The Port of Tauranga's share price fell after Ports of Auckland announced that shipping line Maersk would resume its Southern Star service to Auckland, starting from July.
The Southern Star service moved from Auckland to Tauranga at the height of the port's bitter dispute with the Maritime Union in December, 2011.
"This new service, with bigger ships and larger exchanges of containers cements our position as the import port of choice," Ports of Auckland chief executive Tony Gibson said.
Gibson said in a statement that Maersk's return would require increased productivity "something our work over the last year has shown we can deliver''.
Ports of Auckland had been working to lift productivity by restructuring, improving processes, and by implementing a new shift and roster system for over a third of stevedores, he said.
The Northern and Southern Star is a two-loop, 10-vessel weekly service between Tanjung Pelepas, Singapore and New Zealand ports.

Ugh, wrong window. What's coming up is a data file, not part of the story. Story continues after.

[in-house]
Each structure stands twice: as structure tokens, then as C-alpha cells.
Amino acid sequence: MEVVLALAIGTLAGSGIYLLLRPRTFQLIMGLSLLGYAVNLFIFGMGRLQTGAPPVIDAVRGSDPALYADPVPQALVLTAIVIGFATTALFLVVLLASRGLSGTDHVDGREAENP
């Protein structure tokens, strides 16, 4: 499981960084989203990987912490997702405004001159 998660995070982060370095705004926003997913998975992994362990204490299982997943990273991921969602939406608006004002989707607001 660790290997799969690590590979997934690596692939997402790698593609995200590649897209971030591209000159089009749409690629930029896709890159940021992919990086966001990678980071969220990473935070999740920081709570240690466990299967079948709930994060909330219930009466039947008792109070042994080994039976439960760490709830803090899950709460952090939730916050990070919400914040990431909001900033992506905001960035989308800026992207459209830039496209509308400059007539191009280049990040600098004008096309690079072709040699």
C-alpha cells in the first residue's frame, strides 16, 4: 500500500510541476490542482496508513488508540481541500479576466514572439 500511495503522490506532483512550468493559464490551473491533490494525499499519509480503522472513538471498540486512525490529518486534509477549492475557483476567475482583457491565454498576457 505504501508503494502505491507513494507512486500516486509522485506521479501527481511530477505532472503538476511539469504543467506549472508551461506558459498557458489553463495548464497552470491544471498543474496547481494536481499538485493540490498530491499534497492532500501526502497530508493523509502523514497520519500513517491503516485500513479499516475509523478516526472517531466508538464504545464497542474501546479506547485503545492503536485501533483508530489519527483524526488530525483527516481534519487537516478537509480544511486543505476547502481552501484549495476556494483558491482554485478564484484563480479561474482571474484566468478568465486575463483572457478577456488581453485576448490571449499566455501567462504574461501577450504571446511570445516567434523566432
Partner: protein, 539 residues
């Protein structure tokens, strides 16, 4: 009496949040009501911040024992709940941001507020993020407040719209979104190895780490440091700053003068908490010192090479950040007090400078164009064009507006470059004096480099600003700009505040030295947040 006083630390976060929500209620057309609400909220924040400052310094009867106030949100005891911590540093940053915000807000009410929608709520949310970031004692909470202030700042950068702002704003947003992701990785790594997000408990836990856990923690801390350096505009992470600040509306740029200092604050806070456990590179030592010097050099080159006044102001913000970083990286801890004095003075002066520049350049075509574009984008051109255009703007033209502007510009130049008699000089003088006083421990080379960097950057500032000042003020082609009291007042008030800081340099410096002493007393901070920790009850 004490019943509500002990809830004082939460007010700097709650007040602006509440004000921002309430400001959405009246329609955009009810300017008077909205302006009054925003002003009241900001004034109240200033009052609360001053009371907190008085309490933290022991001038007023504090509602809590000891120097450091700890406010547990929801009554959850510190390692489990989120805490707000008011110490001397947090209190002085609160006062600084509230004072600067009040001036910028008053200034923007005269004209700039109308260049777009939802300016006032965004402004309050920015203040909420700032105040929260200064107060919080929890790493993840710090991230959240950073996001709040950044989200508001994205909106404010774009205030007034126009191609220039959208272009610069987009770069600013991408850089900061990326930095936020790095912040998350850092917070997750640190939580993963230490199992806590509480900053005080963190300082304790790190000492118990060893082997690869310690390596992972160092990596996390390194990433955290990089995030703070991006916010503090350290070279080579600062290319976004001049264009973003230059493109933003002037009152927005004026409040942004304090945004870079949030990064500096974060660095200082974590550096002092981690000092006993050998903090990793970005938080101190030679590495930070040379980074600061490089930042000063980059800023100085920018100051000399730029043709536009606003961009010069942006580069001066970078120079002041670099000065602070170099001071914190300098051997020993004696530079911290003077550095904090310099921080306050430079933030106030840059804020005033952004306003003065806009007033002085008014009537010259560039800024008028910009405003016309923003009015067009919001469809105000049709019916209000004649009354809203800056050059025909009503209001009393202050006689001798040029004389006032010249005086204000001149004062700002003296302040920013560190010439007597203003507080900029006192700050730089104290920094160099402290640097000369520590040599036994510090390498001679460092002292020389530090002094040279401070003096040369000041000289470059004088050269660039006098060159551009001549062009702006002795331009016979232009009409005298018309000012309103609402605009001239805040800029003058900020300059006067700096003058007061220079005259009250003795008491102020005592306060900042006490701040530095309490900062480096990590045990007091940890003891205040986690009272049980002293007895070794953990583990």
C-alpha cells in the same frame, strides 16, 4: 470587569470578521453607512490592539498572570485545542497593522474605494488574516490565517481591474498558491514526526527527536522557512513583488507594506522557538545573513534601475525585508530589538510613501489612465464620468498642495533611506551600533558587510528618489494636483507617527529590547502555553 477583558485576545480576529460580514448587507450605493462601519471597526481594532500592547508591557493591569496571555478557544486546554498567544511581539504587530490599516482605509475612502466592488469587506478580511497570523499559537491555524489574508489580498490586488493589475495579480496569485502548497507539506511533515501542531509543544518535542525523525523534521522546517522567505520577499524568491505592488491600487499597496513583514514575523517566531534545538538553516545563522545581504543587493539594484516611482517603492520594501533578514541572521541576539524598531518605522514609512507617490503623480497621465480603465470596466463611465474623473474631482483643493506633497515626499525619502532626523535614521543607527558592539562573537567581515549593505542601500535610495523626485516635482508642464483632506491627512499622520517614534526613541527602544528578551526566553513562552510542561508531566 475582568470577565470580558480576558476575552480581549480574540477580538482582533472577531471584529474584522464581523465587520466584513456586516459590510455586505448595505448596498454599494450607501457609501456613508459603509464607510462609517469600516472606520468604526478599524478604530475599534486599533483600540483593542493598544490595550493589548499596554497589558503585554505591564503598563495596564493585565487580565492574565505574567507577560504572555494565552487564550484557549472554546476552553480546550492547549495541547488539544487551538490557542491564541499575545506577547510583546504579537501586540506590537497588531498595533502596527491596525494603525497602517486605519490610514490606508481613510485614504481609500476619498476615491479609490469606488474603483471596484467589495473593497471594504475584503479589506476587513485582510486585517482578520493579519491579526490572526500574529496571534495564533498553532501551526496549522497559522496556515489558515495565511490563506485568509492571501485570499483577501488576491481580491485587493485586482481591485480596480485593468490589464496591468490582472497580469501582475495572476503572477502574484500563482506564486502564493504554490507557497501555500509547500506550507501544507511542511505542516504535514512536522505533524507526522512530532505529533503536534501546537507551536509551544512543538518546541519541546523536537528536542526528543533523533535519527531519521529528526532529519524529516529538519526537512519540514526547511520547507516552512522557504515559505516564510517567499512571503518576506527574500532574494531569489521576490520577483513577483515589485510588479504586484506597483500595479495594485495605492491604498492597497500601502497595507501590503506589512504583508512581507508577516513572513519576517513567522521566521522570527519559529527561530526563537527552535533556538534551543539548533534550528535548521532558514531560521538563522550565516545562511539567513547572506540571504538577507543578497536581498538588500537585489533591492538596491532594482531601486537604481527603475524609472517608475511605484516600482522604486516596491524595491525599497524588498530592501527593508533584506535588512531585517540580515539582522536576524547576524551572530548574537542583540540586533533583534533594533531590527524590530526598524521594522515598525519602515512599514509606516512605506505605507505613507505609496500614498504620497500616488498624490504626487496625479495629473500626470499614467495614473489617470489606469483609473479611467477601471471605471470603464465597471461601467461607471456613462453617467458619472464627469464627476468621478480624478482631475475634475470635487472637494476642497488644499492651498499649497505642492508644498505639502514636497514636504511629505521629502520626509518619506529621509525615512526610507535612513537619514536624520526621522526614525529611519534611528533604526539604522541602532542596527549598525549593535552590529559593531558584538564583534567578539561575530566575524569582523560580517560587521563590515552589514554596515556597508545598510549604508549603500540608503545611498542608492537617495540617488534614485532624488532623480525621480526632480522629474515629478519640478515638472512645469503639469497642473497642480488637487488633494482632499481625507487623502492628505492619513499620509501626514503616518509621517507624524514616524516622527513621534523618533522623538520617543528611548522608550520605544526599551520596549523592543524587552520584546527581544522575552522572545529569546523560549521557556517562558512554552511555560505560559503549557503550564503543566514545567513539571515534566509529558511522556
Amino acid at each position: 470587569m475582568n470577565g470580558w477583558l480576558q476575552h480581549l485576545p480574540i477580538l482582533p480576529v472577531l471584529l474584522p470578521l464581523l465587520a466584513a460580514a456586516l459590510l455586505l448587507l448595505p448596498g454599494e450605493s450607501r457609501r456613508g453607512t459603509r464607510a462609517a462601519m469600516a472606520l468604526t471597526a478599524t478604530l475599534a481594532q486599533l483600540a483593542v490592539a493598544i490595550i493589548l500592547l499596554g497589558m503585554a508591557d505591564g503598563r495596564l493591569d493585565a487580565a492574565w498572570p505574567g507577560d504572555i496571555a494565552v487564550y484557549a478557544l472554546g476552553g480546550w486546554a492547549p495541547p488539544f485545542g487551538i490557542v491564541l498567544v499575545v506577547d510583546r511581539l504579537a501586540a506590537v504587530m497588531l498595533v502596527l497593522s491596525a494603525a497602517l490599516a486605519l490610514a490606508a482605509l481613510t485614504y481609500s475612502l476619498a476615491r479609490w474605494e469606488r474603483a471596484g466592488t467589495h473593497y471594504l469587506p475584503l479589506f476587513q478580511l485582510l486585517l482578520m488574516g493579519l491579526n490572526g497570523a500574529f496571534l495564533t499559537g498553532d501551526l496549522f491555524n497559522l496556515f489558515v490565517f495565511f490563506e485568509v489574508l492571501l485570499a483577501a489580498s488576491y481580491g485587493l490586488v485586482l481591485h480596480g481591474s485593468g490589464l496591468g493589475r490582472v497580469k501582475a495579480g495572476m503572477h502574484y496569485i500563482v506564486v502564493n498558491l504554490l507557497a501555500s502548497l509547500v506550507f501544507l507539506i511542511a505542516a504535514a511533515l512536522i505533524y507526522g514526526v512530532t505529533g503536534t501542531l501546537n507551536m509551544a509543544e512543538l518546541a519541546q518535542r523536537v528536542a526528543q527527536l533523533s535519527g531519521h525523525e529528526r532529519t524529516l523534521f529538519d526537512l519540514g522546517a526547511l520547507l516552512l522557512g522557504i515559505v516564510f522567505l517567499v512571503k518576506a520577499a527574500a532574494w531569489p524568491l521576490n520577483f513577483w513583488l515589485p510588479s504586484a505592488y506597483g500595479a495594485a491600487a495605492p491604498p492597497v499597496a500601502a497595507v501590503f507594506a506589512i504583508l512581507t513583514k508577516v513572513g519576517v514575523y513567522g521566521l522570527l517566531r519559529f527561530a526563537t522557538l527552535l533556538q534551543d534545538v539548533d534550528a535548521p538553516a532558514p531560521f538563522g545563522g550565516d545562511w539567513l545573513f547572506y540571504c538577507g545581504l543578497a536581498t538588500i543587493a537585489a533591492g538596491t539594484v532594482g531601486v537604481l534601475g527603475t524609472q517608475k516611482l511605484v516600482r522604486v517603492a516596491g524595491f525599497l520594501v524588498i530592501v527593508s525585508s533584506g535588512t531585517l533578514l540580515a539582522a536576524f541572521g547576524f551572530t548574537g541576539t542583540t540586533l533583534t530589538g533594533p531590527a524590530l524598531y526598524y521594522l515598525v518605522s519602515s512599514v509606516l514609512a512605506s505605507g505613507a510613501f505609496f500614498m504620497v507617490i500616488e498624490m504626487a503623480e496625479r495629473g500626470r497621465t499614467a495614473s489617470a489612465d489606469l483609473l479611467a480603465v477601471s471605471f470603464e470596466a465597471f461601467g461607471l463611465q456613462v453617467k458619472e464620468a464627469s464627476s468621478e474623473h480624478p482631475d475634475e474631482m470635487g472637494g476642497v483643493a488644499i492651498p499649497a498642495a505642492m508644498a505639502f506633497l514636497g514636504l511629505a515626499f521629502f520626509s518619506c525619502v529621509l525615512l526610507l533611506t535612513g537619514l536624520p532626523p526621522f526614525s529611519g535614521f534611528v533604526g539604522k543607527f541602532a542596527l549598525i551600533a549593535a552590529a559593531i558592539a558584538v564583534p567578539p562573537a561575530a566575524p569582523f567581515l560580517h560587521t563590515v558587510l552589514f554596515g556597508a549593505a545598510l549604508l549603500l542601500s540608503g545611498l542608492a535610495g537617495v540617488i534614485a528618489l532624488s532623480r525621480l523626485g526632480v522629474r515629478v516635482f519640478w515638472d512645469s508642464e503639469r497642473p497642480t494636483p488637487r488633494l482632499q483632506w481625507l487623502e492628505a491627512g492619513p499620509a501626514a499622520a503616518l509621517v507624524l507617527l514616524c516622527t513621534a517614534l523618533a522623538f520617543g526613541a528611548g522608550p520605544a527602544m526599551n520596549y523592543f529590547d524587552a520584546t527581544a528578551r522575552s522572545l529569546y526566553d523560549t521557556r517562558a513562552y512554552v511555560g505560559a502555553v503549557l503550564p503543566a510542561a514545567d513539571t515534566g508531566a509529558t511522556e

Five vessels deployed on the Southern Star service will be upgraded in the size of container they can carry, from the current 1900 teu (twenty-foot equivalent unit) to up to 2,800 teu.
By late trading, the Port of Tauranga's share price was down 14c, or 0.9 per cent, at $14.75.
One fund manager said the stock had weakened by about $1.00 over the last month in anticipation that Ports of Auckland would regain the Maersk contract.
In 2011, Maersk said industrial action at Auckland had played a part in its decision to take its business to Tauranga. The port said at the time the service amounted to nearly $20 million in annual revenue.
Ports of Auckland, which delisted from the NZX in 2005, is wholly owned by the Auckland Council. Port of Tauranga is majority owned by the Bay of Plenty Regional Council.